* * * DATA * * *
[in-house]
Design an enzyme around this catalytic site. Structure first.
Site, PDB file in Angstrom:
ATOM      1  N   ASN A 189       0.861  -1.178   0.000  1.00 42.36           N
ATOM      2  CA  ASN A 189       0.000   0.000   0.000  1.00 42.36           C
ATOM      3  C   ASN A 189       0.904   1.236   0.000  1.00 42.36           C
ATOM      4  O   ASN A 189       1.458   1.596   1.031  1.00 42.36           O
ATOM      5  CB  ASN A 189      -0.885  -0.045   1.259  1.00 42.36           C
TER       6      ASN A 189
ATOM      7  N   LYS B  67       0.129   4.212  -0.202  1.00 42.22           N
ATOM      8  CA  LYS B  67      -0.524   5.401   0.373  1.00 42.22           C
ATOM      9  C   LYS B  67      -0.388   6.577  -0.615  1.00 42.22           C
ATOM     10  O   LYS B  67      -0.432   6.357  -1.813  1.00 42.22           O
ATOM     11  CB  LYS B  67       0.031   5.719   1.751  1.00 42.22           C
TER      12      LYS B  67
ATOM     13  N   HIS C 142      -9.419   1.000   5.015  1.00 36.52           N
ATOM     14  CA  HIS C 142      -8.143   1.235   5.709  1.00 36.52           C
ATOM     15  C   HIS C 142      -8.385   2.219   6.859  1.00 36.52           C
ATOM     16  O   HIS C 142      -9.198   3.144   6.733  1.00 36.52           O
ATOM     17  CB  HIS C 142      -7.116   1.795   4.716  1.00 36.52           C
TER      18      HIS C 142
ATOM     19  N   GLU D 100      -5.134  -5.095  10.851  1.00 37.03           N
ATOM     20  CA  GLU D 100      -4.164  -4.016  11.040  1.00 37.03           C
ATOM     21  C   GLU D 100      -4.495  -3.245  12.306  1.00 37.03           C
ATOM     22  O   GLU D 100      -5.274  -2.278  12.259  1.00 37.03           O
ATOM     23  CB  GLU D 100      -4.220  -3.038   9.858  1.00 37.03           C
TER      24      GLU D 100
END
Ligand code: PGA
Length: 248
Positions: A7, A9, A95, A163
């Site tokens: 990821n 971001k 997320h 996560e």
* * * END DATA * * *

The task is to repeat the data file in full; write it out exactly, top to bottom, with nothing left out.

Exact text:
[in-house]
Design an enzyme around this catalytic site. Structure first.
Site, PDB file in Angstrom:
ATOM      1  N   ASN A 189       0.861  -1.178   0.000  1.00 42.36           N
ATOM      2  CA  ASN A 189       0.000   0.000   0.000  1.00 42.36           C
ATOM      3  C   ASN A 189       0.904   1.236   0.000  1.00 42.36           C
ATOM      4  O   ASN A 189       1.458   1.596   1.031  1.00 42.36           O
ATOM      5  CB  ASN A 189      -0.885  -0.045   1.259  1.00 42.36           C
TER       6      ASN A 189
ATOM      7  N   LYS B  67       0.129   4.212  -0.202  1.00 42.22           N
ATOM      8  CA  LYS B  67      -0.524   5.401   0.373  1.00 42.22           C
ATOM      9  C   LYS B  67      -0.388   6.577  -0.615  1.00 42.22           C
ATOM     10  O   LYS B  67      -0.432   6.357  -1.813  1.00 42.22           O
ATOM     11  CB  LYS B  67       0.031   5.719   1.751  1.00 42.22           C
TER      12      LYS B  67
ATOM     13  N   HIS C 142      -9.419   1.000   5.015  1.00 36.52           N
ATOM     14  CA  HIS C 142      -8.143   1.235   5.709  1.00 36.52           C
ATOM     15  C   HIS C 142      -8.385   2.219   6.859  1.00 36.52           C
ATOM     16  O   HIS C 142      -9.198   3.144   6.733  1.00 36.52           O
ATOM     17  CB  HIS C 142      -7.116   1.795   4.716  1.00 36.52           C
TER      18      HIS C 142
ATOM     19  N   GLU D 100      -5.134  -5.095  10.851  1.00 37.03           N
ATOM     20  CA  GLU D 100      -4.164  -4.016  11.040  1.00 37.03           C
ATOM     21  C   GLU D 100      -4.495  -3.245  12.306  1.00 37.03           C
ATOM     22  O   GLU D 100      -5.274  -2.278  12.259  1.00 37.03           O
ATOM     23  CB  GLU D 100      -4.220  -3.038   9.858  1.00 37.03           C
TER      24      GLU D 100
END
Ligand code: PGA
Length: 248
Positions: A7, A9, A95, A163
């Site tokens: 990821n 971001k 997320h 996560e």